It’s previously been accompanied by Scutellinia cups, but these seem to be absent this year. The log is now exposed to direct sunlight in the afternoons, because it’s just to the east of the edge of the destroyed region. Could that be making a difference (even on the parts of the log that remain in permanent shade)? If the log is simply warmer on average I’d expect these LBMs to be delayed to later in the fall along with Scutellinia. I’d also expect UV not to penetrate deep into wood; nobody gets UV-caused primary cancers anywhere but their skin, so a few millimeters thickness of tan-to-brown matter is apparently enough to block that type of radiation.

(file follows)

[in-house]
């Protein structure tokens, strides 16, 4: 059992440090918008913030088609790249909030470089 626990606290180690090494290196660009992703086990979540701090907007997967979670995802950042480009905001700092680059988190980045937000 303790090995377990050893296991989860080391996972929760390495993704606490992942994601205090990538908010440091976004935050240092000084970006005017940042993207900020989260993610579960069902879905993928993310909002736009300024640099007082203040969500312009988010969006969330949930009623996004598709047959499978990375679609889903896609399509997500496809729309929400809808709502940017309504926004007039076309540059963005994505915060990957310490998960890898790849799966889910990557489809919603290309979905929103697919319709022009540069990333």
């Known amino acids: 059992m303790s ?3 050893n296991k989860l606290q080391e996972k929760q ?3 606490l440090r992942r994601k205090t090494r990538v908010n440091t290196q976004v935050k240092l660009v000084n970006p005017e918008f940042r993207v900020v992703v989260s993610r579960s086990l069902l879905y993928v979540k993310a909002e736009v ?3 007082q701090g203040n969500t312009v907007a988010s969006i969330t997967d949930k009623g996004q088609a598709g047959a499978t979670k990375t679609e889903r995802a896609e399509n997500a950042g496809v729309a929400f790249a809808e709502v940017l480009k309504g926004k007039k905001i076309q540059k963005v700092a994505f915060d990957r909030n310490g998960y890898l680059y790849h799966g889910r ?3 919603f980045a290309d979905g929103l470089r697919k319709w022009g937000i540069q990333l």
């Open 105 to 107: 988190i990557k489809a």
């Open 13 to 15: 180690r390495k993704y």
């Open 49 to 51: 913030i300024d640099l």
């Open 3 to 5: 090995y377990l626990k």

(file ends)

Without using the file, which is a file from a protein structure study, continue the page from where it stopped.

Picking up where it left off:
|User’s votes are weighted by their contribution to the site (log10 contribution). In addition, the user who created the observation gets an extra vote.|
|I’d Call It That||3.0||0.00||0|
sum(score * weight) /
(total weight + 1)
Created: 2010-09-23 10:14:05 JST (+0900)
Last modified: 2012-09-06 16:18:20 JST (+0900)
Viewed: 252 times, last viewed: 2017-05-17 06:38:21 JST (+0900)